Knowing You Are Loved

Jeanette Berry, July 1993

In July of 1985 my husband had an airplane crash.  All three children lives hundreds of miles away.  Dan called me the next day checking on his dad.  He made this statement, "If Dad had died last night, he would have died knowing he was loved."  What a precious thought...knowing you are loved.

The Apostle John undoubtedly felt total confidence that Jesus loved him.  Again and again in his writing in the book of John he refers to himself as "one whom Jesus loved."  John was the writer that gave us "For God so loved the world..."   (John 3:16) and his book tells the wonderful news.  Yet, when John spoke of his own relationship with God's son, he did not use a general term implying that we are all loved by God, but very specifically states, "That disciple who Jesus loved said unto Peter..."

What was it about their relationship that prompted him to feel that way?  We note they spent much time together.  The master and the learner.  John was always close to Jesus.  When they ate, John was leaning upon His breast.  John dared to ask Him questions that others feared to ask (John 13:23) and Jesus answered him. Jesus entrusted the care of His mother to John at the crucifixion, and John apparently did so willingly and lovingly.

I must admit I long to enjoy that same confident attitude with Jesus that John had.  Feeling totally loved by some makes you feel completely comfortable in their presence.  You desire to be with them---no matter where they are going or what they are doing.  You are not afraid to ask questions because you know communion is shared.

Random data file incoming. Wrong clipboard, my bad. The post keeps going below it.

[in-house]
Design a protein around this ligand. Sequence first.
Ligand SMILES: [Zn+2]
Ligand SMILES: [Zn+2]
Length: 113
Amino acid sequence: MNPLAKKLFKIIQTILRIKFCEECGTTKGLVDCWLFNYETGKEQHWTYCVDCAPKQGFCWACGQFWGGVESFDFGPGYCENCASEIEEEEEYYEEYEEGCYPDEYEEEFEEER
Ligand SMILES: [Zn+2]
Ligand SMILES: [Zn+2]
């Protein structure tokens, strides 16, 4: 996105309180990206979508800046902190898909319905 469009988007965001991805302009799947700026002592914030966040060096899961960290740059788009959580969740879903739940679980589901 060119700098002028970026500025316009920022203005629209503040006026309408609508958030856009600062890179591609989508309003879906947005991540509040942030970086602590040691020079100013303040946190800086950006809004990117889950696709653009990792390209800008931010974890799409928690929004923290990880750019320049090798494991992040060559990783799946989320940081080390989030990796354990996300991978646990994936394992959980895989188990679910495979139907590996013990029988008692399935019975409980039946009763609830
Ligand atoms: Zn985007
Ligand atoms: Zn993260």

Husbands are commanded to love their wives as Christ loved the church (Ephesians).  A wife easily learns to trust, lean on, and reverence  man who truly loves her She knows she is loved because they walk together and commune with one another.  There's a depth to their fellowship that goes beyond merely carrying on a conversation.  Such a wife can take the attitude of John and say, "I'm the one my husband loves" and she is a happy fulfilled woman.  My husband gives me that confidence.

Going even further, do I communicate my love as Christ did.  Jesus asked Peter three times, "Do you love me?"  Peter became a little perturbed and said, "Lord, You know all things, You know that I love Thee."  Does He need to ask me that question like He did with Peter, or is my relationship with Him such that He does know how much I love Him without asking.  Does my husband or my children need to ask?

As I constantly reset my goals in life and reassess my priorities, I keep in mind these two things;  being "the one that Jesus loved" and passing that confidence to those I love.


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